Clay Shirky gave a talk entitled “It’s Not Information Overload. It’s Filter Failure.” at O’Reilly Media’s Web 2.0 Expo. The following paragraphs constitute a short summary I file here mainly as a reminder for myself. I encourage you to follow the link and listen to the talk in its entirety (23:51).
Information overload has become a common place and an excuse for our inability to deal with the reality described by this chart, Shirky says. New techniques from the printing press to the internet change the way information is delivered and who filters it. The publisher used to take all the economic risks and therefore had a strong incentive to filter content for quality, These incentives are now weaker than ever because the cost of publishing dropped. Nowadays, it’s up to the individual to filter content coming in and going out. He illustrates his point with three great examples:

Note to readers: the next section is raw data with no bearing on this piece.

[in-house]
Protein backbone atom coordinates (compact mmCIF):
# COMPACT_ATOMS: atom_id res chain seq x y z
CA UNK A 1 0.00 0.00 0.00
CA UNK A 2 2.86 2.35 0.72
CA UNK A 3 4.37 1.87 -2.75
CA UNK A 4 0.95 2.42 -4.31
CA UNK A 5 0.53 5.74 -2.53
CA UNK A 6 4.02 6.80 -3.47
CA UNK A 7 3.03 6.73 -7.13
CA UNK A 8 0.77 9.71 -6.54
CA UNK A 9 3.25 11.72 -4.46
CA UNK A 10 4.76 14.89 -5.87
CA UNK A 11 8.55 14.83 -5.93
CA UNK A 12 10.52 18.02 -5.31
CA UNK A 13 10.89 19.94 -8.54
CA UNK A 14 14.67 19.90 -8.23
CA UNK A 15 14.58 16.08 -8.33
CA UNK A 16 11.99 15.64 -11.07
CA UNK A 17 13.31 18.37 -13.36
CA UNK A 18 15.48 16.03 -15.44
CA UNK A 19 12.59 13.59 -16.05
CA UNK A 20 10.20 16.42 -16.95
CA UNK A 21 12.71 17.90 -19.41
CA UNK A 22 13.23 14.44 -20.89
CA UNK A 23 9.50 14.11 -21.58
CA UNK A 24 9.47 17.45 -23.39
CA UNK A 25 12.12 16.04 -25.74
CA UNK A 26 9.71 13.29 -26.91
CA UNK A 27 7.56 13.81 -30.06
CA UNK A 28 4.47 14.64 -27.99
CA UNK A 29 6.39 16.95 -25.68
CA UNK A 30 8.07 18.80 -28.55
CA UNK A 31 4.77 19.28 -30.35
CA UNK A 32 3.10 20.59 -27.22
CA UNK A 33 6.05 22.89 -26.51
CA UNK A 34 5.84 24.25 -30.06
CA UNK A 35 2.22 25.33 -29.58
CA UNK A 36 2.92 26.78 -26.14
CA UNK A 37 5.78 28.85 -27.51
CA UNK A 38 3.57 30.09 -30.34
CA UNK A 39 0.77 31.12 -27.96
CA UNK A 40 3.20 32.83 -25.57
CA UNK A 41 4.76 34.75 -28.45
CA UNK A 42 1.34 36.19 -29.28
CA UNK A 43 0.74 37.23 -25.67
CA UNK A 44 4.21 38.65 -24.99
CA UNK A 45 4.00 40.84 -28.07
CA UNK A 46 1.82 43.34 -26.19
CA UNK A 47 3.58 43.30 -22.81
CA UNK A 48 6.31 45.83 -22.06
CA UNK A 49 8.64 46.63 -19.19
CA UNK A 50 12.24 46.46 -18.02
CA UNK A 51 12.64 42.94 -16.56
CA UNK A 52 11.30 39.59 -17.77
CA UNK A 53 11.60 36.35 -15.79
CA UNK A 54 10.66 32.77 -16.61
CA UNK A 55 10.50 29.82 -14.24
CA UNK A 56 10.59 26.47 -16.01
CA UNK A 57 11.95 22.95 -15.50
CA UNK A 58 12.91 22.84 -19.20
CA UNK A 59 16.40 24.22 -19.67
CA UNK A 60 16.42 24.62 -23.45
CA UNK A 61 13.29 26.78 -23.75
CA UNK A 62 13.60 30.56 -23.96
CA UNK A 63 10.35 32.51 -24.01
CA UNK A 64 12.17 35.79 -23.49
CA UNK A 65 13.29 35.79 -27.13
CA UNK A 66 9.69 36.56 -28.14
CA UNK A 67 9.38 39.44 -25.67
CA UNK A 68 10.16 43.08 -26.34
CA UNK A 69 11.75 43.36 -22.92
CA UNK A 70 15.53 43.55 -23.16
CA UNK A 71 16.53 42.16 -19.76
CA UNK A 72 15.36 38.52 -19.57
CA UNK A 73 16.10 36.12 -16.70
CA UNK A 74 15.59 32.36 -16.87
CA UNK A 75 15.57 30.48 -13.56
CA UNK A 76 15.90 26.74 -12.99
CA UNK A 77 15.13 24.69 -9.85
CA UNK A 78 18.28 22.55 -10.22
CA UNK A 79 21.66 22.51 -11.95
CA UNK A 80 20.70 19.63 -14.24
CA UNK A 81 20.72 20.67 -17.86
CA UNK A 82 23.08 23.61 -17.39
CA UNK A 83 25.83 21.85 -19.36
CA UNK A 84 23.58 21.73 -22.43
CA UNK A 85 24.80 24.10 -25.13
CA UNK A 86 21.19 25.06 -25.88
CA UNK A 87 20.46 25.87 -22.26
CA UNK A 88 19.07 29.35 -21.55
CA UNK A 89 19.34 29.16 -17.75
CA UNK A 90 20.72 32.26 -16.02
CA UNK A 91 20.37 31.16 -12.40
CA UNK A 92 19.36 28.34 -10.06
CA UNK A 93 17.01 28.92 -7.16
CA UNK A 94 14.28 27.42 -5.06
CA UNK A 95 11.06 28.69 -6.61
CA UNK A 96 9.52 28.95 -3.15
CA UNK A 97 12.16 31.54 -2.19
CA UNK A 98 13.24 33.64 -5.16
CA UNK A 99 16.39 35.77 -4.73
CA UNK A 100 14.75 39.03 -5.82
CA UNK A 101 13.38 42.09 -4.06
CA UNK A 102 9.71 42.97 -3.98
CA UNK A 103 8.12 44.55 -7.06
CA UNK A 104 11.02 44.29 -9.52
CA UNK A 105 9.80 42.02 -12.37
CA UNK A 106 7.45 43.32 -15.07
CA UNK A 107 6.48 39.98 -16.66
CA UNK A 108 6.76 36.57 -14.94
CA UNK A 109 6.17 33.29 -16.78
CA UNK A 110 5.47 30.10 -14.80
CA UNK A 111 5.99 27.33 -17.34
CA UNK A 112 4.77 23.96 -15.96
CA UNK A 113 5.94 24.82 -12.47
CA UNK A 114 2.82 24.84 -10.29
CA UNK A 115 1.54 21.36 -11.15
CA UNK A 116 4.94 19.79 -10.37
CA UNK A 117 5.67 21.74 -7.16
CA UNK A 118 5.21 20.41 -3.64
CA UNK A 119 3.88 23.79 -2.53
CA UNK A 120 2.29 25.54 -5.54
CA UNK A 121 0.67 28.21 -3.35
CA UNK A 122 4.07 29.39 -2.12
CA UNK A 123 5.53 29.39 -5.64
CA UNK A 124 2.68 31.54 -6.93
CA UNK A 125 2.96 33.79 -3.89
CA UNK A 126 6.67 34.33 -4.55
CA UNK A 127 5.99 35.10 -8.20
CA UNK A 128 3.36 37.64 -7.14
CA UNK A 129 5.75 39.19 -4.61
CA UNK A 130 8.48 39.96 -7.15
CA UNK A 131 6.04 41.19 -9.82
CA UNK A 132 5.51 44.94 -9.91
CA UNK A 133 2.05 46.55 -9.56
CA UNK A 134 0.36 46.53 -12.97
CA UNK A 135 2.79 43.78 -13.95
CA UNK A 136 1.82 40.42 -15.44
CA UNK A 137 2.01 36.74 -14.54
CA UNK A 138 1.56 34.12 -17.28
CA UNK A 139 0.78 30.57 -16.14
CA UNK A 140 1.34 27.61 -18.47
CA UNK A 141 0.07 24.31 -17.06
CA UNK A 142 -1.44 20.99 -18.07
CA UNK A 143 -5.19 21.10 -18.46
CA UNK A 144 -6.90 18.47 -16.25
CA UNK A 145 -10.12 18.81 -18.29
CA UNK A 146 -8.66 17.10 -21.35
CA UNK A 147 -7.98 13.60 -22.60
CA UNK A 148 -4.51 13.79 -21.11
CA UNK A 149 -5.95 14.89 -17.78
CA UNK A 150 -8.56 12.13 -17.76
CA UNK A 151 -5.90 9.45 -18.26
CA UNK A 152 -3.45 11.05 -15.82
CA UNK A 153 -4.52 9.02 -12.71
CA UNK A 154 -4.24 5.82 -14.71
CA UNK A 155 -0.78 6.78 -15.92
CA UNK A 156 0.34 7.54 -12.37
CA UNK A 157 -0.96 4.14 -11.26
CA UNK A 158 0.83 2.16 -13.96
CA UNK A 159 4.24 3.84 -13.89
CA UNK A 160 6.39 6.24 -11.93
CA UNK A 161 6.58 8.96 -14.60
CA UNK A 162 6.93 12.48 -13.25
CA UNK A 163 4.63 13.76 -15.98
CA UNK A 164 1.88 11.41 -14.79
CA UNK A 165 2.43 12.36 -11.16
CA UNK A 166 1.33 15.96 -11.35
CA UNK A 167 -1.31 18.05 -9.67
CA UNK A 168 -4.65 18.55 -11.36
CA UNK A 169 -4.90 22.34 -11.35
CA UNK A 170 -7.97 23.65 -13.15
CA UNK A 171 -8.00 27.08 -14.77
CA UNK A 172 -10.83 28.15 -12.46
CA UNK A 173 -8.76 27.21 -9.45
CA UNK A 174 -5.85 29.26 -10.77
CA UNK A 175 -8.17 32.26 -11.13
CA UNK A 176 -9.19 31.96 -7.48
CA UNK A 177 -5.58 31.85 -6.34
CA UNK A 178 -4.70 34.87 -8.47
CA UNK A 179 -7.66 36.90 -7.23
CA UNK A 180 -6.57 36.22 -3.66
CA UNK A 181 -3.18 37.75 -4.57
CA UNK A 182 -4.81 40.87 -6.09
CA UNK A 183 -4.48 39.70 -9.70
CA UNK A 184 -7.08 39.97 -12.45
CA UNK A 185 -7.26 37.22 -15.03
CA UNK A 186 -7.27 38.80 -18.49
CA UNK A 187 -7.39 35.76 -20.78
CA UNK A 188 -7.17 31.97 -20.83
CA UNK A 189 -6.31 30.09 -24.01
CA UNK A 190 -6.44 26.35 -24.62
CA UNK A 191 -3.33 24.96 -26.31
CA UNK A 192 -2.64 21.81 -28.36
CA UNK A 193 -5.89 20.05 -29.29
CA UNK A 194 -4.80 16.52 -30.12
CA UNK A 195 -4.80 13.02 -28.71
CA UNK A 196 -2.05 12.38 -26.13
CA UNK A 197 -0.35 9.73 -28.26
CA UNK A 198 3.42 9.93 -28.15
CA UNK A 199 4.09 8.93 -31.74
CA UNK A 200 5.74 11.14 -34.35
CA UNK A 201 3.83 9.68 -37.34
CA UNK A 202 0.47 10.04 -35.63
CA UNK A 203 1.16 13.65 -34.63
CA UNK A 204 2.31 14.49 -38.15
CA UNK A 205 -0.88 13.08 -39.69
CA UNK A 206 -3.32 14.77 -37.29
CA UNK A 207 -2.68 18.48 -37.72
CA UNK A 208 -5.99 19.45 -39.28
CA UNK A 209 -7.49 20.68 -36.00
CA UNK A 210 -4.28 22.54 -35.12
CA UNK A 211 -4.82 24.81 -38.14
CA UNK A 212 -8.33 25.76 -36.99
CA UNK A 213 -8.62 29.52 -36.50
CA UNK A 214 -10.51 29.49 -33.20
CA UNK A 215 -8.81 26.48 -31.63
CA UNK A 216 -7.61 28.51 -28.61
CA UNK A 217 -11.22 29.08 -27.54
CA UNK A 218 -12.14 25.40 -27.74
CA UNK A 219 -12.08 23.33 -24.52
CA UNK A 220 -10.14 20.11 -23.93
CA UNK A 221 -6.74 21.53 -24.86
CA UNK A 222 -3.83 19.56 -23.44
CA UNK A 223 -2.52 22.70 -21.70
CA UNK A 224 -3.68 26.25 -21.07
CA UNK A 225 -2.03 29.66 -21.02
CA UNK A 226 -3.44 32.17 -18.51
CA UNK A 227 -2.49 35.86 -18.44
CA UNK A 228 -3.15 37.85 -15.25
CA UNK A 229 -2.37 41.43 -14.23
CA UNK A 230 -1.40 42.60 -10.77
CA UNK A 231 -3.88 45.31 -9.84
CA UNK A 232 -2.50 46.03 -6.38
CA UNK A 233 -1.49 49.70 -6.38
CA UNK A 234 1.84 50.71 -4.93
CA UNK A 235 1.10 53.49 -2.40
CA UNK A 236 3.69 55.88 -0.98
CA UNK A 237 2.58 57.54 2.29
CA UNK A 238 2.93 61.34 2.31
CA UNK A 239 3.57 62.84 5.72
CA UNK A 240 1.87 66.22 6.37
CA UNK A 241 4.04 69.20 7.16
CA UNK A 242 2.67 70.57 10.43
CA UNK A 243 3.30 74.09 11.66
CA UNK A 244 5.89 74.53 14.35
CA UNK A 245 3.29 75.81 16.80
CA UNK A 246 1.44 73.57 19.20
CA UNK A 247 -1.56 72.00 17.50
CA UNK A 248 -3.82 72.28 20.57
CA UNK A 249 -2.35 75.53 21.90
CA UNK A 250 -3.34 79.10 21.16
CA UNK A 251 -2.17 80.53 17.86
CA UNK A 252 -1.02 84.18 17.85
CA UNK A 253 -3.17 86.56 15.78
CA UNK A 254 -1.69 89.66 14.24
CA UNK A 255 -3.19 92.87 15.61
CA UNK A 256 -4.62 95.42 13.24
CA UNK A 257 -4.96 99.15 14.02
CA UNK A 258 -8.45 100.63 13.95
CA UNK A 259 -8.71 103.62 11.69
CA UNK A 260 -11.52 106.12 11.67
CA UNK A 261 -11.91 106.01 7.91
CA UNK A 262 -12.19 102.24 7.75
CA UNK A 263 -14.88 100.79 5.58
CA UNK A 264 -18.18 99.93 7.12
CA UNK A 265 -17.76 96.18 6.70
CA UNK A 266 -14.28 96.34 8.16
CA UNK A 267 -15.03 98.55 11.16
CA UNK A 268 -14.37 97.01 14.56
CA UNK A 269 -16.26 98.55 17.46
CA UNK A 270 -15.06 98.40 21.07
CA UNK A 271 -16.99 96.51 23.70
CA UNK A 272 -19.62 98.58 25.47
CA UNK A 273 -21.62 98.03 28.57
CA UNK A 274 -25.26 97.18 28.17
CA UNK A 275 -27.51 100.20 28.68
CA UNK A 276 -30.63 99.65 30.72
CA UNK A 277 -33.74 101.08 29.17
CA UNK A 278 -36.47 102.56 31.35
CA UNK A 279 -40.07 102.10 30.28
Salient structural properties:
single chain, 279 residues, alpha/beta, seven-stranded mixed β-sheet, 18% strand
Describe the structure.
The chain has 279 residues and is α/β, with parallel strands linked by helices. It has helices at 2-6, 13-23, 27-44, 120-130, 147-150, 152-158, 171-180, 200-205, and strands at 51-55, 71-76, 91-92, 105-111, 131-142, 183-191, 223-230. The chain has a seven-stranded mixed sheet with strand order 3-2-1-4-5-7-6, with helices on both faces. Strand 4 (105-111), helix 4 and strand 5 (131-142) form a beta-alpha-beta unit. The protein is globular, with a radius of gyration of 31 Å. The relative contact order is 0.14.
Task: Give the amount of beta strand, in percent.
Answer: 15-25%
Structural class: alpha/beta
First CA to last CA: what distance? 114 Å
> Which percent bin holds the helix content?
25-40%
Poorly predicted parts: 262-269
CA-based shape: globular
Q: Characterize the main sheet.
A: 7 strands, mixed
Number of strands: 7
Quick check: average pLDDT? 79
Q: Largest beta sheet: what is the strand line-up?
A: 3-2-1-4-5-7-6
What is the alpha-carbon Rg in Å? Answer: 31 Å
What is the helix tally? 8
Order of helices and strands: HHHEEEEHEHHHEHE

- Spam which is an example of inbound information flow,
- Privacy (Changing “relationship status” on Facebook) which is about managing outbound information flow and,
- Using online social collaboration tools in College and being accused of cheating (Chris Avenir’s story)
Relating to this last one, Clay Shirky also stresses how dangerous over-reliance on metaphors can be when one uses them to make decisions about the new networked environments.
I also include several links to articles that reference the talk and where you might find additional value (either in the posts or in the comments):